All that there is is way too big to wrap around in warm embrace… wait, what am I thinking ;) I meant to say that even though reality is seemingly much too much to grasp and go, there seem to be within the vastness of outthere, few small things—things reflective of the cosmic scheme of things—suitable for domesticating the galactic wilderness. Pictures (in visual depictions) and words (in verbal descriptions) exemplify the resourcefulness of small things. Thanks to the goodness of small things, we get to know.
Now, if only this working method of knowing were to bootstrap into a model of knowing reflecting
 how we think about the things that are
and
 how we make things that we think of
All that’s needed i.e.
and
is there in scientific knowledge. If only the procedural knowledge about knowing implicit in science were to become explicit—declarative understanding of knowing—science of knowing. Then I wouldn’t be yelling at scientists: be little more conscious and little less motor in running between things and thoughts ;) Seriously, what got me into small is my recent encounter with discrete objects in the context of selffoundations. If you are still a nonbeliever, then start with
and then make friends with
 Small family of objects (Conceptual Mathematics, pp. 150 – 1, 369 – 71; Sets for Mathematics, pp. 154 – 5, 248 – 50)
along with
 Separating (Conceptual Mathematics, page: 215, 245)
and not to be forgotten are
 Exercises (Conceptual Mathematics, page: 250, 272, 340)
which reminds me that it’s time to exercise:
In the category F, whose objects are functions, there are infinitely many nonisomorphic objects with one piece (and also infinitely many with exactly one point; Exercise 2, Conceptual Mathematics, page 362).
Let’s consider few sets:
Furniture = {table, chair}
Animals = {cat, dog}
Vehicles = {bus, bike}
How many points are there in Furniture?
First, what’s a point?
A point is a morphism from a terminal object. In the category of sets S that we are in now, a singleton set
1 = {•}
is the terminal object. Here’s a point
table: 1 → Furniture
of Furniture. There’s another point
chair: 1 → Furniture
All told, there are two points in Furniture. So is the case with Animals and Vehicles. These are all sets with two points. More importantly, they are isomorphic. For example, there is an isomorphism
f: Animals → Furniture
with
f (cat) = chair and f (dog) = table
satisfying
f f ^{1} = 1_{Furniture} and f ^{1} f = 1_{Animals}
where
f ^{1}: Furniture → Animals
with
f ^{1} (chair) = cat and f ^{1} (table) = dog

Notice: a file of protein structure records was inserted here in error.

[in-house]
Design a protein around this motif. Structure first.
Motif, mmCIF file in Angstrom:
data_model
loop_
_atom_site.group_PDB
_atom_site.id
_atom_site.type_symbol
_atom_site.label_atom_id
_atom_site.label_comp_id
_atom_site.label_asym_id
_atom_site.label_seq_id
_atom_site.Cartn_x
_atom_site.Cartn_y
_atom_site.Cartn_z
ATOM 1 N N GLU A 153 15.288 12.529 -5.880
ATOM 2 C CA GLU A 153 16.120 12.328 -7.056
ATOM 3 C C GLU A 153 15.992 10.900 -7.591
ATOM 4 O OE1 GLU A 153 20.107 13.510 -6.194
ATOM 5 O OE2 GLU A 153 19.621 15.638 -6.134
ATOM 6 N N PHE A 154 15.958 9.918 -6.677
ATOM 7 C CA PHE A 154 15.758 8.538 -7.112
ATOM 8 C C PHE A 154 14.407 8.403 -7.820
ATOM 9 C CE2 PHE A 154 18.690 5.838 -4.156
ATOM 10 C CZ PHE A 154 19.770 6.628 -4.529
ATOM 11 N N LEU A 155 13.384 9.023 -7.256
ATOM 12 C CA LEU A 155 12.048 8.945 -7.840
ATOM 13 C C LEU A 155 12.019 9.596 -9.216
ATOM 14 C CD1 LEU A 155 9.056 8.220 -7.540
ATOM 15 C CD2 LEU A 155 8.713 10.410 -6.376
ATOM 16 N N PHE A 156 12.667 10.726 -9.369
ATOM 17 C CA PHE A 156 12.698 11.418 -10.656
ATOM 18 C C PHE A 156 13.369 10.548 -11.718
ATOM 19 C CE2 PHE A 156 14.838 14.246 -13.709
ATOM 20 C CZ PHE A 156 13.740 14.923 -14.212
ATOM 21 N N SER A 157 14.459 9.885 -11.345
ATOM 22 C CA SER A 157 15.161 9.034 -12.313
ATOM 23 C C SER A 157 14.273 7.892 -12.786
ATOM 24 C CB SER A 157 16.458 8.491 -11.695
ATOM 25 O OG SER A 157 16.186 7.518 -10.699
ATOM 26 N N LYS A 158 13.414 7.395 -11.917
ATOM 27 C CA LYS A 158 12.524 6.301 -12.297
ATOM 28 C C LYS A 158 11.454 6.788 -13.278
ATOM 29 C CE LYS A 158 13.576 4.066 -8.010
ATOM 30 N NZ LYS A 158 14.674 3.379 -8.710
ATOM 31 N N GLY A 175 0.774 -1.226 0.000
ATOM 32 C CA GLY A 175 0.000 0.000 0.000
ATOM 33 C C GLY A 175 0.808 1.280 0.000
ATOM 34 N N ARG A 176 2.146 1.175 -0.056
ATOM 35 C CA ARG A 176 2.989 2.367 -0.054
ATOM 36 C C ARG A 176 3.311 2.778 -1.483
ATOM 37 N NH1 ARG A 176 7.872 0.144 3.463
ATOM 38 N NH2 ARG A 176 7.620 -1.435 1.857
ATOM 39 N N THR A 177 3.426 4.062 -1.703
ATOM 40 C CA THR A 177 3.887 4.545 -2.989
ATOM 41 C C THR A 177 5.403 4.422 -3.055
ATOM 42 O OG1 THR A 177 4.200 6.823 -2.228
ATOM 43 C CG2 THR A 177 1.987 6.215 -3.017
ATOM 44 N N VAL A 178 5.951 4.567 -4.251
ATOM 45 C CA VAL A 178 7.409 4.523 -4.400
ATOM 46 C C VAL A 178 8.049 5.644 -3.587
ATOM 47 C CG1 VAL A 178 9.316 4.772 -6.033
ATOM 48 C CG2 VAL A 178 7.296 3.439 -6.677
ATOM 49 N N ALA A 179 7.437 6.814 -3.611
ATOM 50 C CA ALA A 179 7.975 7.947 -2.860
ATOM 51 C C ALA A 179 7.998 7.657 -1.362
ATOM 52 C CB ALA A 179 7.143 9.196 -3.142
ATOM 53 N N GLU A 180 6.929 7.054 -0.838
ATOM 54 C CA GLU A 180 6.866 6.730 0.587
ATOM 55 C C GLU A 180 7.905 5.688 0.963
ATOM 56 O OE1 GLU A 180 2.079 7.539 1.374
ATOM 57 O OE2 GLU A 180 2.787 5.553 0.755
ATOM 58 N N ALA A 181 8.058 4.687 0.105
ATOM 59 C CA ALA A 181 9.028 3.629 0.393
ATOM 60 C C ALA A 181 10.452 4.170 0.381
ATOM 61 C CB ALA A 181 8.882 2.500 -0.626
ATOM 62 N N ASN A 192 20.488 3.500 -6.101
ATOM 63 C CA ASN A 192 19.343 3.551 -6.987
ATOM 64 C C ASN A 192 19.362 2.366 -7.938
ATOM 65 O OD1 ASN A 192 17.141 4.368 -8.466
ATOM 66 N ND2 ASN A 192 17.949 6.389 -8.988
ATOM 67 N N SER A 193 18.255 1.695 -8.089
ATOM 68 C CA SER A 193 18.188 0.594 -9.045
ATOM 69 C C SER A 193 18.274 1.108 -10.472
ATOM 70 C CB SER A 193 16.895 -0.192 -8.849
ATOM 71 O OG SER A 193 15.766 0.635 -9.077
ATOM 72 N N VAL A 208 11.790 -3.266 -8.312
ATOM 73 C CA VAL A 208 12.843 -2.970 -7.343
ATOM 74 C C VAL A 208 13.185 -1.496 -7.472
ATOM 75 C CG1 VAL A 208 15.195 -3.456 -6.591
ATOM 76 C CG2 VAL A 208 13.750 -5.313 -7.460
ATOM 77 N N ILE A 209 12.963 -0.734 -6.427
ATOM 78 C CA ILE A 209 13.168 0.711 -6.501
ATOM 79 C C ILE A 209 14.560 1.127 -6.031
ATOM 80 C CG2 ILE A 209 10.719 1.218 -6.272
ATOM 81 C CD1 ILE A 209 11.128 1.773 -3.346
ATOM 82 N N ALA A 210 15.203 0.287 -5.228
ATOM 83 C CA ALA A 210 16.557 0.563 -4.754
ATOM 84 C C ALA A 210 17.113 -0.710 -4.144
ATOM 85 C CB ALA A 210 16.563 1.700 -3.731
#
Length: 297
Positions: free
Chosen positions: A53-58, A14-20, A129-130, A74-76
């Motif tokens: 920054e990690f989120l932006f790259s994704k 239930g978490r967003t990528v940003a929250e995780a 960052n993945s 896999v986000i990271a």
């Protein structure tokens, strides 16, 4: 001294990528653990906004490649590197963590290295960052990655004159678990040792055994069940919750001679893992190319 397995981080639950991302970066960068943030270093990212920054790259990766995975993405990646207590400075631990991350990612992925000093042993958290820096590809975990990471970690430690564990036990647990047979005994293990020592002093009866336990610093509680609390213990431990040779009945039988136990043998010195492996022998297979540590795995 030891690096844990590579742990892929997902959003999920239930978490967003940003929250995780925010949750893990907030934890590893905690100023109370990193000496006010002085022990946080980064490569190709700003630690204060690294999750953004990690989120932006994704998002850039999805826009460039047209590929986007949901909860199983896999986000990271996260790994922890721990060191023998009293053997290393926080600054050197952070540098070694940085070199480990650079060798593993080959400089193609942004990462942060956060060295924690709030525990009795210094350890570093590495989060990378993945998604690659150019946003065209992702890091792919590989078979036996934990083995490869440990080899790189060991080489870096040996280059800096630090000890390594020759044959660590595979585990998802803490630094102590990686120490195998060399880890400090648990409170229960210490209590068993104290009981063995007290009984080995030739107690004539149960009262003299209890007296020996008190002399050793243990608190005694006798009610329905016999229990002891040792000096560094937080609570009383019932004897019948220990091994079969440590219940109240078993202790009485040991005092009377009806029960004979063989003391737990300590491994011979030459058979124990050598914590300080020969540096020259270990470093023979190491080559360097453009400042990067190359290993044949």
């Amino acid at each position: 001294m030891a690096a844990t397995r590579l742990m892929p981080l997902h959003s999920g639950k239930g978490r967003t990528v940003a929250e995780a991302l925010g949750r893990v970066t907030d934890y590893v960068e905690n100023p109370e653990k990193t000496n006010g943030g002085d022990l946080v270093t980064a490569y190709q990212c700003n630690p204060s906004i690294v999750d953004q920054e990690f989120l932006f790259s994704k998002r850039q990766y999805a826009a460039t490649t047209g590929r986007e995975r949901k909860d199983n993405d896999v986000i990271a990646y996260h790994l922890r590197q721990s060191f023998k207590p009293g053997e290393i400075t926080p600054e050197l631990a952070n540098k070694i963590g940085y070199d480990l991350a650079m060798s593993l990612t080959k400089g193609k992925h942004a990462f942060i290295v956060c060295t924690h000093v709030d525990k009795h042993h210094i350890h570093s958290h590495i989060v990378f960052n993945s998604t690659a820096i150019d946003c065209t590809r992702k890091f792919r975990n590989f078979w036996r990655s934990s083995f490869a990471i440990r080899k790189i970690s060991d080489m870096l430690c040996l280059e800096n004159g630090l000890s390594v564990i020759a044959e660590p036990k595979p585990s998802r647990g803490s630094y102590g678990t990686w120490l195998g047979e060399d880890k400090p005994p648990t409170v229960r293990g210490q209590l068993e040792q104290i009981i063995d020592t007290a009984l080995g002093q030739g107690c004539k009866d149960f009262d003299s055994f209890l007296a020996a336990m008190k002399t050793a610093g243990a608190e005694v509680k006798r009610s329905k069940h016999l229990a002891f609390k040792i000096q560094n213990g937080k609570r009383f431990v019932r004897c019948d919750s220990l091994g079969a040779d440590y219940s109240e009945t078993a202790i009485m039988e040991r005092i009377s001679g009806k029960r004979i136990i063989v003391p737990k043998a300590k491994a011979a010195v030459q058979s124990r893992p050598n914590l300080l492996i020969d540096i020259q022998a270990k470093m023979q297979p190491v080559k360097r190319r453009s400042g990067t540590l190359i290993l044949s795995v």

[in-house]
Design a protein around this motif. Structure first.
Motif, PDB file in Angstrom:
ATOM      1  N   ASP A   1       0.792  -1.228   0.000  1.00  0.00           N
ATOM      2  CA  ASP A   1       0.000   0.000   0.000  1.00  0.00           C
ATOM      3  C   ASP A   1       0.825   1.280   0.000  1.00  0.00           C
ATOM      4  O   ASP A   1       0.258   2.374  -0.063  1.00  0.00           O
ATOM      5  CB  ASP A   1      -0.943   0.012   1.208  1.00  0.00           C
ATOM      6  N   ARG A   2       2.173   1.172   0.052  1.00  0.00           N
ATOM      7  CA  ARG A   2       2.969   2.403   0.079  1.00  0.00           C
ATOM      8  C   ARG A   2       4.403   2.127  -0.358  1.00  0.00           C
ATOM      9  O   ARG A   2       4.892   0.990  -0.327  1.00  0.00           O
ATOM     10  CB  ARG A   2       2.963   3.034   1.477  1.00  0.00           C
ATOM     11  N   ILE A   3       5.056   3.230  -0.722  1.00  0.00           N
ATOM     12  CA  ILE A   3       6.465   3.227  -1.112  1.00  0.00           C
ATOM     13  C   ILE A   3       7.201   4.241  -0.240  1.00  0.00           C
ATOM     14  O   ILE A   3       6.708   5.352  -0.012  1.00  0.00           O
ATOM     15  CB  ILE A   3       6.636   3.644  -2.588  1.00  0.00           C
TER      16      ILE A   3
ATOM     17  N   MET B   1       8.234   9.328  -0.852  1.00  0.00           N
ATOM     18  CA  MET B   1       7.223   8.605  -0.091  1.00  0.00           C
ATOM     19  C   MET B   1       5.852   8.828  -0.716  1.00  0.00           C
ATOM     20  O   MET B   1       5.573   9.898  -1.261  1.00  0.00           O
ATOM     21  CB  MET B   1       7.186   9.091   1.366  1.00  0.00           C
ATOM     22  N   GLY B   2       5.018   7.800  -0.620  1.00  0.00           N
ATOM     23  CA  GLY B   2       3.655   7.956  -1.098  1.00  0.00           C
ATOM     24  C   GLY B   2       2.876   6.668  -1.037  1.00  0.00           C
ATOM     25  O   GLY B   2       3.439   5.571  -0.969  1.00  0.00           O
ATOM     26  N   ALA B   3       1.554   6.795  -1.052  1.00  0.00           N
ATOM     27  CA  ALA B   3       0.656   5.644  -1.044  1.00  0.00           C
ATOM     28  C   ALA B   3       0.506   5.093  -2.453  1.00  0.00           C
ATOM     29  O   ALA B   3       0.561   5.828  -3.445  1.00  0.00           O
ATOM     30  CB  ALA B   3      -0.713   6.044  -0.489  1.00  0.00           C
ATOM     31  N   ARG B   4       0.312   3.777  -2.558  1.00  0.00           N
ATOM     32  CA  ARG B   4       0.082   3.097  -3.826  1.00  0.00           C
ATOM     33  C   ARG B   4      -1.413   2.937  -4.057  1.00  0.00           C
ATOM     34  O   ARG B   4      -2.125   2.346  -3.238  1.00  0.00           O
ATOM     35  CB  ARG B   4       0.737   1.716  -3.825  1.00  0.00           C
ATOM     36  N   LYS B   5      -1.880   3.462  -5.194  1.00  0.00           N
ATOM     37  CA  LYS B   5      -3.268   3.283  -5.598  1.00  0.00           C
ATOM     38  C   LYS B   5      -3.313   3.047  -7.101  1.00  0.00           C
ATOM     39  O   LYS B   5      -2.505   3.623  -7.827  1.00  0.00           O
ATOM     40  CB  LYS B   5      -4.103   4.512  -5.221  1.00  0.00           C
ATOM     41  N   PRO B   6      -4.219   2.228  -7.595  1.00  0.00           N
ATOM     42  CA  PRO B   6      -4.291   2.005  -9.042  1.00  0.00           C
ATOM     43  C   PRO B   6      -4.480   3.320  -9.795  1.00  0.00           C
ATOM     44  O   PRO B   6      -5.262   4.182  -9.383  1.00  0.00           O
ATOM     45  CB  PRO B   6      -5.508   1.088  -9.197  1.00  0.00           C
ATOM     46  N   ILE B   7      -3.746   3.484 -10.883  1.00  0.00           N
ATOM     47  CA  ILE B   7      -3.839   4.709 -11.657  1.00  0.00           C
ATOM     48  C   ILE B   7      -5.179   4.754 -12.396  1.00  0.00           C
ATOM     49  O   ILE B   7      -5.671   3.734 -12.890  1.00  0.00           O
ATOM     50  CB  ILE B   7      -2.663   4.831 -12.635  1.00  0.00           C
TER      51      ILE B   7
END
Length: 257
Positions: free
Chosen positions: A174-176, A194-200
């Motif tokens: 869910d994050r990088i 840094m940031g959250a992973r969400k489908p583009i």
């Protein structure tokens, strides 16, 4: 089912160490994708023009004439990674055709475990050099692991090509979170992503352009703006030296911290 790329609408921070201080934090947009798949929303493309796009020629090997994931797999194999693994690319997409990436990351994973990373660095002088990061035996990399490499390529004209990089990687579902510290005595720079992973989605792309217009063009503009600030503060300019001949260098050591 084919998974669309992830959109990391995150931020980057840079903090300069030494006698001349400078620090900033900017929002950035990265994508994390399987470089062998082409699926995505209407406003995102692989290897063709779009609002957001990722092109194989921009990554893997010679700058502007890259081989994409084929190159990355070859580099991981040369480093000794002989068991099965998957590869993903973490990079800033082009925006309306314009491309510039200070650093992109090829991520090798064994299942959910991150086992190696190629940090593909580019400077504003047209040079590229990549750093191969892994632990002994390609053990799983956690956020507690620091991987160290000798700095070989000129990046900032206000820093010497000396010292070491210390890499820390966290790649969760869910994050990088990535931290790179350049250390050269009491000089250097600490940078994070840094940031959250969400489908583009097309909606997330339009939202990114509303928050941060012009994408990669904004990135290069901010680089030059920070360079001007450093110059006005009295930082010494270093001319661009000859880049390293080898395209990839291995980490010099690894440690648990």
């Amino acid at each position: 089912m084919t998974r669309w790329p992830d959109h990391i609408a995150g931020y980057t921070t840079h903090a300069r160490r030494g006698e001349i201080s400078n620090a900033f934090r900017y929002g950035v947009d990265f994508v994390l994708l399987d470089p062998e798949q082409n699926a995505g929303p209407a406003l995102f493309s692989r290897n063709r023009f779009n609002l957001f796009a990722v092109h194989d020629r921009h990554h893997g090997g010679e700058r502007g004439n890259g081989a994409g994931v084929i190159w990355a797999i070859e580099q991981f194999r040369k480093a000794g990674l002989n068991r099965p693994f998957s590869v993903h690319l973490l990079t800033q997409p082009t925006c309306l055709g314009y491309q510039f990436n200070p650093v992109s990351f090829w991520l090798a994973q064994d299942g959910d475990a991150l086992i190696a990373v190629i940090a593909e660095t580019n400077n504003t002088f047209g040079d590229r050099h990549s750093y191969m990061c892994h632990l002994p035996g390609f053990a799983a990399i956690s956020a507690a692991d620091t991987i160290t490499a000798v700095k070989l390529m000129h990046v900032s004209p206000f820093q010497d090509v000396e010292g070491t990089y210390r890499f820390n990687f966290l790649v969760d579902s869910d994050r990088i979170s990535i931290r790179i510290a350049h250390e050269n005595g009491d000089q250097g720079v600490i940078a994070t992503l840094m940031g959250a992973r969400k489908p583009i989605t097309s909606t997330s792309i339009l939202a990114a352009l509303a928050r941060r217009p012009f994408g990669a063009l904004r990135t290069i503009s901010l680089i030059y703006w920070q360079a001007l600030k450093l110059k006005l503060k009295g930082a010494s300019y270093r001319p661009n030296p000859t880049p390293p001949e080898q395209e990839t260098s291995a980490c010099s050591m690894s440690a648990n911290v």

In general, in the category of sets, all sets with 1 point are isomorphic, and so is the case with 2point sets, 3point sets… But this is not the case in the category of functions F. An object in the category of functions is a function
f: A → B
What is a point of a function?
Once again, it’s a morphism from the terminal object of the category of functions.
Now, what is terminal object in the category of functions?
The identity function
1_{1}: 1 → 1
is the terminal object of the category of functions.
I almost forgot, what is a morphism in the category of functions?
A morphism from a function
f: A → B
to a function
g: C → D
is a pair of functions
p: A → C
q: B → D
making the diagram
A –p–> C
 
f g
 
v v
B –q–> D
commute i.e. satisfy
q f = g p
Now we are equipped to look at the points of a function, say,
f: A → B
with A = {you, me}, B = {happy}, and
f (you) = happy
f (me) = happy
A point of
f: A → B
is a morphism
1 –p–> A
 
1_{1} f
 
v v
1 –q–> B
with p (•) = you and q (•)= happy. The other point of f corresponds to f (me) = happy. In general, the number of points in a function is equal to the size (A = 2) of the domain (A) of the given function (f).
Let us now consider a slightly different function
g: A → C
with C = {happy, ecstatic} and
g (you) = happy
g (me) = ecstatic
Once again there are two points in g. However the two objects
f: A → B
and
g: A → C
with the same number (2) of points are not isomorphic (unlike the case of the category of sets). In general, by keeping the domain (size) fixed and by varying the codomain (size) we can get as many nonisomorphic objects as we like with same number (domain) of points.
How about pieces? The number of pieces in a function
f: A → B
is equal to the size of its codomain (B). Once again we can find as many nonisomorphic objects as we like with same number (codomain) of pieces simply by varying the domain (size) while keeping the codomain (size) fixed.
Fine, but what does this exercise have to do with small objects or discrete objects?
I’m glad you asked, which brings us to Exercise 6. 14 (Sets for Mathematics, page 119):
The functor
discrete: Sets → Functions
mapping each object (set)
X
in the domain category of sets to its identity function
1_{X}: X → X
(an object) in the codomain category of functions is left adjoint to the functor
points: Functions → Sets
mapping each object (function)
f: A → B
in the domain category of functions to its set of points
A
(an object) in the codomain category of sets.
Let’s now show that
discrete is left adjoint to points
in terms of functions and their determinations.
First consider an object (a set)
X
of the domain category Sets of the left adjoint
discrete: Sets → Functions
to the functor
points: Functions → Sets
Next, consider functions
X → points (f)
(on X) whose type
points (f)
is given as a value of the points functor at an object (function)
f: A → B
of the category of functions.
Now we have to show that every such function
X → points (f)
is uniquely determined by a function
X → points (discrete (X))
i.e. there is a unique
discrete (X) → f
such that